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Interview: Parker Posey Talks Price Check, Louie, and More

Posey is a singular, essential comedienne, unafraid to act a fool while also acting her ass off.

Interview: Parker Posey Talks Price Check, Louie, and More
Photo: IFC Films

There’s a fly on Parker Posey’s knee. It’s a warm October day in SoHo, and Posey is seated in the Crosby Street Hotel Bar and Terrace, where her tiny visitor flew in through an open window. Having been on a rant about genre movies, the unofficial “queen of indies” suddenly pauses to observe the insect. “Speaking of genre movies!” Posey cries out, looking downward. She gently swats the fly off, then returns to a lunch of Brussels sprouts and sautéed greens, which she forks between anything-goes remarks about her fluctuating career. The fly’s cameo effectively calls to mind some riotous Posey milestones, like when she all but squashed freshman girls like bugs in Dazed and Confused, or commenced a mad hunt for a certain busy bee in Best in Show. For the many film buffs who love her, Posey is a singular, essential comedienne, unafraid to act a fool while nonetheless acting her ass off. And yet, the 44-year-old actress will be the first to tell you that, for her, the last decade has been fraught with professional fickleness, and marked less by major projects than by guest gigs on TV, punctuated by the occasional low-budget leading role.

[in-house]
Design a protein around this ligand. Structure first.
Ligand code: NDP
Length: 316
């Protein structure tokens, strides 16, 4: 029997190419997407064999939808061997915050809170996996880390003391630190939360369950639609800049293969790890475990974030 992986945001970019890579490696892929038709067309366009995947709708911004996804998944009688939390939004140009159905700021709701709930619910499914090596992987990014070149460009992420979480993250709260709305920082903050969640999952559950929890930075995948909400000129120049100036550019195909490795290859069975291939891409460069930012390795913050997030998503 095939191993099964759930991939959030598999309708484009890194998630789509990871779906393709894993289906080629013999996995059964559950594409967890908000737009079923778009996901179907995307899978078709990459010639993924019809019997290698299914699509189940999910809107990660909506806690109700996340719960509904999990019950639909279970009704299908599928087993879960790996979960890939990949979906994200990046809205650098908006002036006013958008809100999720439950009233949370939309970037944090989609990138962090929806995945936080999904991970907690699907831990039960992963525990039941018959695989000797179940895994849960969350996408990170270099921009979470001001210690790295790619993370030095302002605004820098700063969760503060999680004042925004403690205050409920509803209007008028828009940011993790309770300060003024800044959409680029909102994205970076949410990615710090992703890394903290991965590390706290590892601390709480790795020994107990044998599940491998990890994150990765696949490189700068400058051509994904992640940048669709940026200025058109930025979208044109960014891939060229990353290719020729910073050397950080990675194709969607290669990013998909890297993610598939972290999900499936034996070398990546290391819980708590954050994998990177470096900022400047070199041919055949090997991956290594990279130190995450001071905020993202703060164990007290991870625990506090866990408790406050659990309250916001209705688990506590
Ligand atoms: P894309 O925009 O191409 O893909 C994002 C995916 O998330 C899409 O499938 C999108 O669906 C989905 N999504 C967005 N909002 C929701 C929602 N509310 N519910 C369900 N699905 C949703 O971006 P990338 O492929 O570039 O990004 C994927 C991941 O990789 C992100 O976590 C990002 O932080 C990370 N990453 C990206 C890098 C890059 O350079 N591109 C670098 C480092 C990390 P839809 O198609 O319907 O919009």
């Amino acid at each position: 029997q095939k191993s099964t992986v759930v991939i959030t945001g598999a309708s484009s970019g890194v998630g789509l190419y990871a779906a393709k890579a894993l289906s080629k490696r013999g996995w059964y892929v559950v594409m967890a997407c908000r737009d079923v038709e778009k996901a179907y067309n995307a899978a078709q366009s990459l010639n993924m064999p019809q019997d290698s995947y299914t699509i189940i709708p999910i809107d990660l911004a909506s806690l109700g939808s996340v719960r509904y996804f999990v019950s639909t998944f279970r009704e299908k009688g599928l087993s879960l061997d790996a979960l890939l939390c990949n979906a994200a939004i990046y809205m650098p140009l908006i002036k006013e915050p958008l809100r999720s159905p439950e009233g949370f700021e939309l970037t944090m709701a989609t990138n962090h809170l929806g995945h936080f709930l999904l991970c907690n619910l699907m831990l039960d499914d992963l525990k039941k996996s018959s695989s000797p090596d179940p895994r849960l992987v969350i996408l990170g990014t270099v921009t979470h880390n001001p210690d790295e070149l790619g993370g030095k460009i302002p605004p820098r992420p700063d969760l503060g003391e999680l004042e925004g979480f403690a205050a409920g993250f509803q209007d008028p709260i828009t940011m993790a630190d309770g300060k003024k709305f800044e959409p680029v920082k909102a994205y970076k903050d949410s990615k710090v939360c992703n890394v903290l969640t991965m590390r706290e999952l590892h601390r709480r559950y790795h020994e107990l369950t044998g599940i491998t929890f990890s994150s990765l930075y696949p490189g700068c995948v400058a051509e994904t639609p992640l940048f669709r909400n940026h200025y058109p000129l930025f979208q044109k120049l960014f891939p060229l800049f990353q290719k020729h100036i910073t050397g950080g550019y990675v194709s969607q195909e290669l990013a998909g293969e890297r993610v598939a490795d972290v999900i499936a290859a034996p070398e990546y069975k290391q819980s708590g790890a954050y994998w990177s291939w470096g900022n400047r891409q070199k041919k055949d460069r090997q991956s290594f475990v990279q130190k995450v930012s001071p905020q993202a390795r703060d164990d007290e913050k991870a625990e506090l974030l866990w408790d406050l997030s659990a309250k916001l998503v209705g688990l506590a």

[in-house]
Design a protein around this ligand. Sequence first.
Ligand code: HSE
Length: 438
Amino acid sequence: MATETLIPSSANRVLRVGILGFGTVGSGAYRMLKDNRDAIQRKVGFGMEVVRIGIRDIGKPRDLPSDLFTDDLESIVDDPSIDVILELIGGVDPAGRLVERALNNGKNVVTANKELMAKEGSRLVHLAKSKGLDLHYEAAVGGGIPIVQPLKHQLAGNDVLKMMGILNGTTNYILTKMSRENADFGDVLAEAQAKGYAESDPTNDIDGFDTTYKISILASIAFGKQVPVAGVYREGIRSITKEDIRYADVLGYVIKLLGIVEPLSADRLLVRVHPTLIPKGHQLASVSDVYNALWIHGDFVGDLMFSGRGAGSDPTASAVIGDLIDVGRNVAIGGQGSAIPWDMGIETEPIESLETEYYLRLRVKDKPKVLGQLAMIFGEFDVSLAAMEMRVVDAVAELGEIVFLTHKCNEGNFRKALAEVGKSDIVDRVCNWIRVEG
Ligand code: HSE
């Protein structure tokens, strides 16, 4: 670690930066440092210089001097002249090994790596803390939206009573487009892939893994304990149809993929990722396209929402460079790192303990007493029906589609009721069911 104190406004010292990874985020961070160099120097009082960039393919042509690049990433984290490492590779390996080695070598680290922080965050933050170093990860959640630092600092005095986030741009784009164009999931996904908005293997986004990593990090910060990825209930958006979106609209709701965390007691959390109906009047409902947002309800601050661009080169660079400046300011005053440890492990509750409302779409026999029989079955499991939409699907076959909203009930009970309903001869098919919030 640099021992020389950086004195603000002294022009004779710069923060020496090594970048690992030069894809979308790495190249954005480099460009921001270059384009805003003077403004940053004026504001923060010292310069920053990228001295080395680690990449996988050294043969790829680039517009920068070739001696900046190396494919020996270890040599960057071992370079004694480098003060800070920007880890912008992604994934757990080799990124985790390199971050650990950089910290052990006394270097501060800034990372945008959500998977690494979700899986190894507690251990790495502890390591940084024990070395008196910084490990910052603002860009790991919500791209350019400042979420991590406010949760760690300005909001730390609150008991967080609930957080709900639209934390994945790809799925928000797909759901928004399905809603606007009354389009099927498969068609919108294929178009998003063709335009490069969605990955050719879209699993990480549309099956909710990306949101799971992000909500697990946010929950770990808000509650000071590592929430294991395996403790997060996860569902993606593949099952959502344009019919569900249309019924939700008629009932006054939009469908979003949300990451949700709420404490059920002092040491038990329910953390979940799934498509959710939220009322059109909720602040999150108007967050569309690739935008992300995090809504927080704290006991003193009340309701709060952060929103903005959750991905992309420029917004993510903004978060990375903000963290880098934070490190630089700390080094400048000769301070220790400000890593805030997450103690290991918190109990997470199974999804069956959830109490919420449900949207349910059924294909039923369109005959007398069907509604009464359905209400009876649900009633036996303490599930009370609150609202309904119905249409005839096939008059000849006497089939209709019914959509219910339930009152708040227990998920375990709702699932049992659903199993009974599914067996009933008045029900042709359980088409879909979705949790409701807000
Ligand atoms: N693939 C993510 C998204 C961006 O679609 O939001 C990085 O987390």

However nestled on the fringes, Posey’s star vehicles are all shaped by their directors to showcase the seriocomic muse, from Billy Kent’s The Oh in Ohio and Hal Hartley’s Fay Grim to Zoe Cassavetes’s Broken English and Mitchell Lichtenstein’s Happy Tears. A nonchalantly relevant comedy about sales and workaday malaise, Michael Walker’s Price Check follows this tradition, giving Posey her most colorful and gnaw-worthy part in years. The inimitable star shows no restraint in expressing her gratefulness for characters like Susan Felder, the Price Check antiheroine she instills with a mess of inexplicably cohesive traits. A hyper-zealous boss in the supermarket biz who’s hired to reform a flagging branch, Susan is both alien and 100-percent Posey, and she proves a welcome elaboration on Posey’s fleeting work in Louie, The Good Wife, and that viral, must-see Emmy skit. Taking the answers to questions down whatever avenue she sees fit, Posey spills her thoughts on marketing, the changing state of the film medium, and how, much like her little winged friend, she’s currently hovering with a good bit of buzz.